While the City Slept

While the City Slept

A Love Lost to Violence and A Young Man's Descent Into Madness

Book - 2016
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"Binged Making a Murderer ? Try . . . [this] riveting portrait of a tragic, preventable crime." -- Entertainment Weekly

Finalist for the Edgar Award for Best Fact Crime

Finalist for the Dayton Literary Peace Prize

A Pulitzer Prize-winning reporter's gripping account of one young man's path to murder--and a wake-up call for mental health care in America

On a summer night in 2009, three lives intersected in one American neighborhood. Two people newly in love--Teresa Butz and Jennifer Hopper, who spent many years trying to find themselves and who eventually found each other--and a young man on a dangerous psychological descent: Isaiah Kalebu, age twenty-three, the son of a distant, authoritarian father and a mother with a family history of mental illness. All three paths forever altered by a violent crime, all three stories a wake-up call to the system that failed to see the signs.

In this riveting, probing, compassionate account of a murder in Seattle, Eli Sanders, who won a Pulitzer Prize for his newspaper coverage of the crime, offers a deeply reported portrait in microcosm of the state of mental health care in this country--as well as an inspiring story of love and forgiveness. Culminating in Kalebu's dangerous slide toward violence--observed by family members, police, mental health workers, lawyers, and judges, but stopped by no one-- While the City Slept is the story of a crime of opportunity and of the string of missed opportunities that made it possible. It shows what can happen when a disturbed member of society repeatedly falls through the cracks, and in the tradition of The Other Wes Moore and The Short and Tragic Life of Robert Peace, is an indelible, human-level story, brilliantly told, with the potential to inspire social change.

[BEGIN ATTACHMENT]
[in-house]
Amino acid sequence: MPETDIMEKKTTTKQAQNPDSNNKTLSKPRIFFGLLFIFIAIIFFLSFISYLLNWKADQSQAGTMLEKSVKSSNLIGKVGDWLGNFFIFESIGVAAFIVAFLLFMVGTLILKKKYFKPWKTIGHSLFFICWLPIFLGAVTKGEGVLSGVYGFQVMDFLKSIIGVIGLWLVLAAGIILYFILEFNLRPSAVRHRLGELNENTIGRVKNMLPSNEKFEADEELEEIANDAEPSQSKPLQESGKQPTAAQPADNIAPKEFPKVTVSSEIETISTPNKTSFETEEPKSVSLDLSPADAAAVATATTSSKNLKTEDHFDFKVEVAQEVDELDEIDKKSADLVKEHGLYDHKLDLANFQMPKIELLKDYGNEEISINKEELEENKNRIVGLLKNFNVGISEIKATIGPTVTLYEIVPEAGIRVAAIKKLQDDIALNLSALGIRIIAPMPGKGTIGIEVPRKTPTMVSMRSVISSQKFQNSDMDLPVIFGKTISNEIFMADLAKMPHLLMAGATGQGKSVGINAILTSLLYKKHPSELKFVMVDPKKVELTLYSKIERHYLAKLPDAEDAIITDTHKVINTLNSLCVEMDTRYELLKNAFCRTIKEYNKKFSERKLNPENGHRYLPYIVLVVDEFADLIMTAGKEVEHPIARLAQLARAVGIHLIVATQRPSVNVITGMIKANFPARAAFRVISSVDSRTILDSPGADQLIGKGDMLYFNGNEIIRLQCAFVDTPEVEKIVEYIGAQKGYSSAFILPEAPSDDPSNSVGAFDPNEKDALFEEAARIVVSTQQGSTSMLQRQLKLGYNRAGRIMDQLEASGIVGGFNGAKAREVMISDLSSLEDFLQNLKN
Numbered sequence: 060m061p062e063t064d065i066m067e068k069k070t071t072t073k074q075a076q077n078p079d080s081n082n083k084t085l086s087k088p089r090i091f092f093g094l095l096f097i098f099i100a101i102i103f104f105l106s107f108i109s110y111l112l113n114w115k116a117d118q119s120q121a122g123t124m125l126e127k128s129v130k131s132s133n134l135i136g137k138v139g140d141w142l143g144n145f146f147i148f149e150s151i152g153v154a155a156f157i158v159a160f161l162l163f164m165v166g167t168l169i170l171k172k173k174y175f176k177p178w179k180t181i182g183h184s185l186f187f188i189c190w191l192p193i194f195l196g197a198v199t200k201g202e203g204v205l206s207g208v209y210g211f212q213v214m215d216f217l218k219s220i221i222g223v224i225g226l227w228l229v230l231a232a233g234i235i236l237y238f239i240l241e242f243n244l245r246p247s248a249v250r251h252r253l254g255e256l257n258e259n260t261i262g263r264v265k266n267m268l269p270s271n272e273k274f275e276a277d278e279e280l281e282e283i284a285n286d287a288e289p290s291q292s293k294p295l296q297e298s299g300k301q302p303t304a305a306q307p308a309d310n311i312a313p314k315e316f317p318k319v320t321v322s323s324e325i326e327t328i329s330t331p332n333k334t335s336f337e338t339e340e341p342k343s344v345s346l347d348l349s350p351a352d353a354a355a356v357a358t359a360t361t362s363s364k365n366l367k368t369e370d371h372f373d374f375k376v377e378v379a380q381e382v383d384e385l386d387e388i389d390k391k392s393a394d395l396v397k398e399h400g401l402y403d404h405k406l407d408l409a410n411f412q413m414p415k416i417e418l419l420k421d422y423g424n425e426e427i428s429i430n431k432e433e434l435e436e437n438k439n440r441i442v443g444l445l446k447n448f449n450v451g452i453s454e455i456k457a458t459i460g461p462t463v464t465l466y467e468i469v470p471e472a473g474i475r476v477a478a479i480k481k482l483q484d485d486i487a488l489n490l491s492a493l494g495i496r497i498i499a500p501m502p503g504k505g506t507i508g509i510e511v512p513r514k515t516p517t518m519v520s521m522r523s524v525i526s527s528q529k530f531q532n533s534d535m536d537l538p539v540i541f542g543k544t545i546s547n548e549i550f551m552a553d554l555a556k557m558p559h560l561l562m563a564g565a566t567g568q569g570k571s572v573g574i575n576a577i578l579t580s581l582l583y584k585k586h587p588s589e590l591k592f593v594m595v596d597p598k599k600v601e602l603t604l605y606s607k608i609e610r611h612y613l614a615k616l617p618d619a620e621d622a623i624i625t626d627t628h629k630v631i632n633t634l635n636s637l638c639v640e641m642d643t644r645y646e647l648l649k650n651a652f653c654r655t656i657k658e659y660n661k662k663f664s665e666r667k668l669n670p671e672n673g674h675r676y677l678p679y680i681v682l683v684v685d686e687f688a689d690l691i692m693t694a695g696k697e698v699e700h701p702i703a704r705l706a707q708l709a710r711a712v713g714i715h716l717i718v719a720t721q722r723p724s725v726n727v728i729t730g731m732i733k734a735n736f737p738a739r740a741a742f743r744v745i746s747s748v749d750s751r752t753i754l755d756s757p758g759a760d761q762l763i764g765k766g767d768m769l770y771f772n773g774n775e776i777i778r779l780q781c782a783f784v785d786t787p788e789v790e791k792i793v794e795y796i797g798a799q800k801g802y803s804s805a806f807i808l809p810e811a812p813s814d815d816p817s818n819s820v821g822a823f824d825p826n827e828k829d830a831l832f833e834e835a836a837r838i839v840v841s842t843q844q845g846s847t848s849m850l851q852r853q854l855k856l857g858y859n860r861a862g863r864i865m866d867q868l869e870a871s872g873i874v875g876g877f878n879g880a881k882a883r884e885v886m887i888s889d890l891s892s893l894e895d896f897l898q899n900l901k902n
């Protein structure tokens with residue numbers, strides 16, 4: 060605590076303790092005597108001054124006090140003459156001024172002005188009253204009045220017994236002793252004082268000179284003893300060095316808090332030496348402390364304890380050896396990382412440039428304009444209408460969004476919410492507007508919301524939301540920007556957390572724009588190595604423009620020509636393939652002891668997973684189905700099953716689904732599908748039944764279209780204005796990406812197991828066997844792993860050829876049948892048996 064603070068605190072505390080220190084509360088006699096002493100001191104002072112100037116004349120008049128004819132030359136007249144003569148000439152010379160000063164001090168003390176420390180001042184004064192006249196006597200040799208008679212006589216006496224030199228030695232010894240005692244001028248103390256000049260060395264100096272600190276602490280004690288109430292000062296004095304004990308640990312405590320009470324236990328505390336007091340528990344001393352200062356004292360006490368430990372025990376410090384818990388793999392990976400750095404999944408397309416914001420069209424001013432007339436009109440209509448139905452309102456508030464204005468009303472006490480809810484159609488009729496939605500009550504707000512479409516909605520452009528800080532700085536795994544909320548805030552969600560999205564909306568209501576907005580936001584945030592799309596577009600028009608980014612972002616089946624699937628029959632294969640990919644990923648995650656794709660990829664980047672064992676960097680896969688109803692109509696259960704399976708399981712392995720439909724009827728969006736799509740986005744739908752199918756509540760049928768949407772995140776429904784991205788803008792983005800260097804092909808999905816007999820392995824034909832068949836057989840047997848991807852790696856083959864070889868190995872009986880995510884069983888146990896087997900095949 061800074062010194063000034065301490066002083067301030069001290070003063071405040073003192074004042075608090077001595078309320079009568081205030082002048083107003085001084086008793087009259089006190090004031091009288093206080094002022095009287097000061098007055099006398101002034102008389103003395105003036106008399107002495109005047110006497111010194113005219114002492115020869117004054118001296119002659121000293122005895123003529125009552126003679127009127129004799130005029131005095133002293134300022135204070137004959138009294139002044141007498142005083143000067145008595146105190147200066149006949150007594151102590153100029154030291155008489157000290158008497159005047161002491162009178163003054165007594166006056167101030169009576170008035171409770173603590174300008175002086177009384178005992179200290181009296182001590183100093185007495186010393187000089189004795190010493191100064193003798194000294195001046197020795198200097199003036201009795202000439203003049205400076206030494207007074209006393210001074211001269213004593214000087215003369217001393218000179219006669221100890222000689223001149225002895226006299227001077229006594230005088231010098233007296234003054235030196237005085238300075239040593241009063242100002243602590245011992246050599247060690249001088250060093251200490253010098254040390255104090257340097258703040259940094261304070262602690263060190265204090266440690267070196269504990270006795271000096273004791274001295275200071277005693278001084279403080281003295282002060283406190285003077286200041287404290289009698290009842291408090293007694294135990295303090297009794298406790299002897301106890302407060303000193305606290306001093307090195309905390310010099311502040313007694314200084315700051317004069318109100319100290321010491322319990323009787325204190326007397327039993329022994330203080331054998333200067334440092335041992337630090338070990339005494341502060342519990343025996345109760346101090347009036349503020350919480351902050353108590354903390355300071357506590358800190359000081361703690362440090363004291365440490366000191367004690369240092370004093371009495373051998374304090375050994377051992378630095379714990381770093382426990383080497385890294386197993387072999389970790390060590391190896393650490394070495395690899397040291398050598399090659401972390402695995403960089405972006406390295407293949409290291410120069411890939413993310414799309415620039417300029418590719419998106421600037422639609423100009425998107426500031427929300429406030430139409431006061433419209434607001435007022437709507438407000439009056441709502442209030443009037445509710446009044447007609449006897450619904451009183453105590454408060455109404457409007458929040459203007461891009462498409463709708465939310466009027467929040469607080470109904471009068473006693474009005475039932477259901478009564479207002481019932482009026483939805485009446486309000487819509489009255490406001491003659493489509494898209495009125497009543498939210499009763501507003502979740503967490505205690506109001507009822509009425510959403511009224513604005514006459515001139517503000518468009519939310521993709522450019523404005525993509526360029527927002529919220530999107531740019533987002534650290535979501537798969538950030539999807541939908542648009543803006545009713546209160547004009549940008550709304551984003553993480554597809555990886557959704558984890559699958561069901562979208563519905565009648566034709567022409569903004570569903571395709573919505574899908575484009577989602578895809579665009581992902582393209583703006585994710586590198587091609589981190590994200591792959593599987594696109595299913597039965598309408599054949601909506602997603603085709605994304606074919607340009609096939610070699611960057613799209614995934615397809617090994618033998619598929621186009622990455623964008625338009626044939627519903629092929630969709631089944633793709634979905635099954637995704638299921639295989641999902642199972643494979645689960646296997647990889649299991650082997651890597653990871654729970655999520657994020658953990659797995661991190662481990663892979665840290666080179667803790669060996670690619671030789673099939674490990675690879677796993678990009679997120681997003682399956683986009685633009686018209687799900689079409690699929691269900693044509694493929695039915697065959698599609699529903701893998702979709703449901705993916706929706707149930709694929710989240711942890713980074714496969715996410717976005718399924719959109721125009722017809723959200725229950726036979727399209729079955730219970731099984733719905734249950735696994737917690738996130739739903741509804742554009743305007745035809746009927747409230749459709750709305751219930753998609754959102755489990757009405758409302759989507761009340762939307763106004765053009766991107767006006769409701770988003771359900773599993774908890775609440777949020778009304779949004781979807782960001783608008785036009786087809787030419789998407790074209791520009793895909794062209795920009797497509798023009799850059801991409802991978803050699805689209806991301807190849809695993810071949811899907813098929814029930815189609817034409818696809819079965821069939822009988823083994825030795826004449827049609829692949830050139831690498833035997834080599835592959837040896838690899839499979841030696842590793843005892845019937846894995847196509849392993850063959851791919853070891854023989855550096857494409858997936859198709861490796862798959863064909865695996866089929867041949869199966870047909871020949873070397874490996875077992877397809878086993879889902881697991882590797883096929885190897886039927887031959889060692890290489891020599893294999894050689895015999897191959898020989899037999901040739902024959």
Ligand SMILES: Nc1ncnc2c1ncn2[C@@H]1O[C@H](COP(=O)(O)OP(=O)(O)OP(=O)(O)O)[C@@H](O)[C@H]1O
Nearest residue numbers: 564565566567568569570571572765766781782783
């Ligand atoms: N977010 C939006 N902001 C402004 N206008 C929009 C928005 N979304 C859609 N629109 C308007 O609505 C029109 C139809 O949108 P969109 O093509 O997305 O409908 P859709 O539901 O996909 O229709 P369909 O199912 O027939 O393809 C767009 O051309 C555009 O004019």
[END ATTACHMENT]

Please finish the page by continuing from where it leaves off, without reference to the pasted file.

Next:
Publisher: New York : Viking, ©2016.
ISBN: 9780670015719
Characteristics: 316 pages :,map ;,24 cm


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Jul 28, 2019

In his examination of the murder of two young women in Seattle, Sanders — a Pulitzer Prize-winning journalist — discovered that the killer, who was mentally ill, was not getting the treatment he needed for his disease.

vm510 Jun 10, 2019

A gripping yet sensitive look at an unthinkable crime and at the man who was decompensating mentally before he committed this crime. The author tracks the lives of the victims and their families as well the perpetrator and his own troubled family. It looks at how the mental health system failed to recognize this man's ongoing descent and how the crime was a "crime in progress" that could've possibly been stopped before it happened.

Mar 11, 2017

One of the better contributions to the "true crime" genre...The story itself and the writing which explains it are a notch above. If this is a category you enjoy, grab this book.

Oct 12, 2016